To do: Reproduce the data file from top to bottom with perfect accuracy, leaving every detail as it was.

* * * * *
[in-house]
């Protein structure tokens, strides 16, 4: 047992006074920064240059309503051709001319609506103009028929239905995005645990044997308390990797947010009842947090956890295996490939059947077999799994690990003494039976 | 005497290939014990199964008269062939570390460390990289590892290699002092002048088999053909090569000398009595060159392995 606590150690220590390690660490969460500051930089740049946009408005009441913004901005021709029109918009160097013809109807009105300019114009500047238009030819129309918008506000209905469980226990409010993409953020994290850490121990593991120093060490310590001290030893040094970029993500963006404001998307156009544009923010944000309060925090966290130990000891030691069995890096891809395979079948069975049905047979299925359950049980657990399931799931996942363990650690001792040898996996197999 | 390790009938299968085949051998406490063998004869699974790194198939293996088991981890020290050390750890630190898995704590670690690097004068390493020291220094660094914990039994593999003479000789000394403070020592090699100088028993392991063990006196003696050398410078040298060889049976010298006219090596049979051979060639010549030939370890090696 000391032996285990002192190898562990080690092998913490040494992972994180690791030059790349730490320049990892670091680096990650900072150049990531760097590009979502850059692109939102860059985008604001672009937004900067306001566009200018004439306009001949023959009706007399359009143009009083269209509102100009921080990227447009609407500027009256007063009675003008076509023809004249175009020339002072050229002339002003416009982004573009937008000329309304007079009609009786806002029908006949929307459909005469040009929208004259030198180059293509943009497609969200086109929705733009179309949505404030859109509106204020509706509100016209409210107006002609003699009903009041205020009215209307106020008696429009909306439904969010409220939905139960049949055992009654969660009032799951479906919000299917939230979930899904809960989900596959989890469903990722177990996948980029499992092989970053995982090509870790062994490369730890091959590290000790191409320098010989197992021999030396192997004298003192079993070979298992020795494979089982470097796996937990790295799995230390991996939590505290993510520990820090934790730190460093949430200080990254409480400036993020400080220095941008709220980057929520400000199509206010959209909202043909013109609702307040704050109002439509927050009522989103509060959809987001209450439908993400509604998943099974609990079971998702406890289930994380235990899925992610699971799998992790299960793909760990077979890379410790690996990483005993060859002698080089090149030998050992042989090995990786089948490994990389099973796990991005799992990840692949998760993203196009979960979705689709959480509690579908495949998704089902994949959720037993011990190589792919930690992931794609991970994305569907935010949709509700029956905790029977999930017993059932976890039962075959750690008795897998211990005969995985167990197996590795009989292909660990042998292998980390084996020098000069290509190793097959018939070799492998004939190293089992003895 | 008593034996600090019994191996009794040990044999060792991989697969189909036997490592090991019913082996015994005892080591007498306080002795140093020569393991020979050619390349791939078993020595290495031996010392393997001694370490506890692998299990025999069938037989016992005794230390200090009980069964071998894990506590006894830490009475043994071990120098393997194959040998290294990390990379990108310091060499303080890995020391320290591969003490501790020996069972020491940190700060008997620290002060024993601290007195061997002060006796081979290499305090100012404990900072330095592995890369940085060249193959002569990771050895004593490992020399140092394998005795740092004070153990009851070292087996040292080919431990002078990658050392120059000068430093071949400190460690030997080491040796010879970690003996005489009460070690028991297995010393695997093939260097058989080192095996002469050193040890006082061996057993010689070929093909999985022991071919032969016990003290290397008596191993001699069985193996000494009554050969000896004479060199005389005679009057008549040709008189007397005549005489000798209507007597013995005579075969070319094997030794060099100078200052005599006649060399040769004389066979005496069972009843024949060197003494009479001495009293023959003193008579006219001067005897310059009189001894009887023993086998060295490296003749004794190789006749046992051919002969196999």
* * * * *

[in-house]
């Protein structure tokens, strides 16, 4: 047992006074920064240059309503051709001319609506103009028929239905995005645990044997308390990797947010009842947090956890295996490939059947077999799994690990003494039976 | 005497290939014990199964008269062939570390460390990289590892290699002092002048088999053909090569000398009595060159392995 606590150690220590390690660490969460500051930089740049946009408005009441913004901005021709029109918009160097013809109807009105300019114009500047238009030819129309918008506000209905469980226990409010993409953020994290850490121990593991120093060490310590001290030893040094970029993500963006404001998307156009544009923010944000309060925090966290130990000891030691069995890096891809395979079948069975049905047979299925359950049980657990399931799931996942363990650690001792040898996996197999 | 390790009938299968085949051998406490063998004869699974790194198939293996088991981890020290050390750890630190898995704590670690690097004068390493020291220094660094914990039994593999003479000789000394403070020592090699100088028993392991063990006196003696050398410078040298060889049976010298006219090596049979051979060639010549030939370890090696 000391032996285990002192190898562990080690092998913490040494992972994180690791030059790349730490320049990892670091680096990650900072150049990531760097590009979502850059692109939102860059985008604001672009937004900067306001566009200018004439306009001949023959009706007399359009143009009083269209509102100009921080990227447009609407500027009256007063009675003008076509023809004249175009020339002072050229002339002003416009982004573009937008000329309304007079009609009786806002029908006949929307459909005469040009929208004259030198180059293509943009497609969200086109929705733009179309949505404030859109509106204020509706509100016209409210107006002609003699009903009041205020009215209307106020008696429009909306439904969010409220939905139960049949055992009654969660009032799951479906919000299917939230979930899904809960989900596959989890469903990722177990996948980029499992092989970053995982090509870790062994490369730890091959590290000790191409320098010989197992021999030396192997004298003192079993070979298992020795494979089982470097796996937990790295799995230390991996939590505290993510520990820090934790730190460093949430200080990254409480400036993020400080220095941008709220980057929520400000199509206010959209909202043909013109609702307040704050109002439509927050009522989103509060959809987001209450439908993400509604998943099974609990079971998702406890289930994380235990899925992610699971799998992790299960793909760990077979890379410790690996990483005993060859002698080089090149030998050992042989090995990786089948490994990389099973796990991005799992990840692949998760993203196009979960979705689709959480509690579908495949998704089902994949959720037993011990190589792919930690992931794609991970994305569907935010949709509700029956905790029977999930017993059932976890039962075959750690008795897998211990005969995985167990197996590795009989292909660990042998292998980390084996020098000069290509190793097959018939070799492998004939190293089992003895 | 008593034996600090019994191996009794040990044999060792991989697969189909036997490592090991019913082996015994005892080591007498306080002795140093020569393991020979050619390349791939078993020595290495031996010392393997001694370490506890692998299990025999069938037989016992005794230390200090009980069964071998894990506590006894830490009475043994071990120098393997194959040998290294990390990379990108310091060499303080890995020391320290591969003490501790020996069972020491940190700060008997620290002060024993601290007195061997002060006796081979290499305090100012404990900072330095592995890369940085060249193959002569990771050895004593490992020399140092394998005795740092004070153990009851070292087996040292080919431990002078990658050392120059000068430093071949400190460690030997080491040796010879970690003996005489009460070690028991297995010393695997093939260097058989080192095996002469050193040890006082061996057993010689070929093909999985022991071919032969016990003290290397008596191993001699069985193996000494009554050969000896004479060199005389005679009057008549040709008189007397005549005489000798209507007597013995005579075969070319094997030794060099100078200052005599006649060399040769004389066979005496069972009843024949060197003494009479001495009293023959003193008579006219001067005897310059009189001894009887023993086998060295490296003749004794190789006749046992051919002969196999």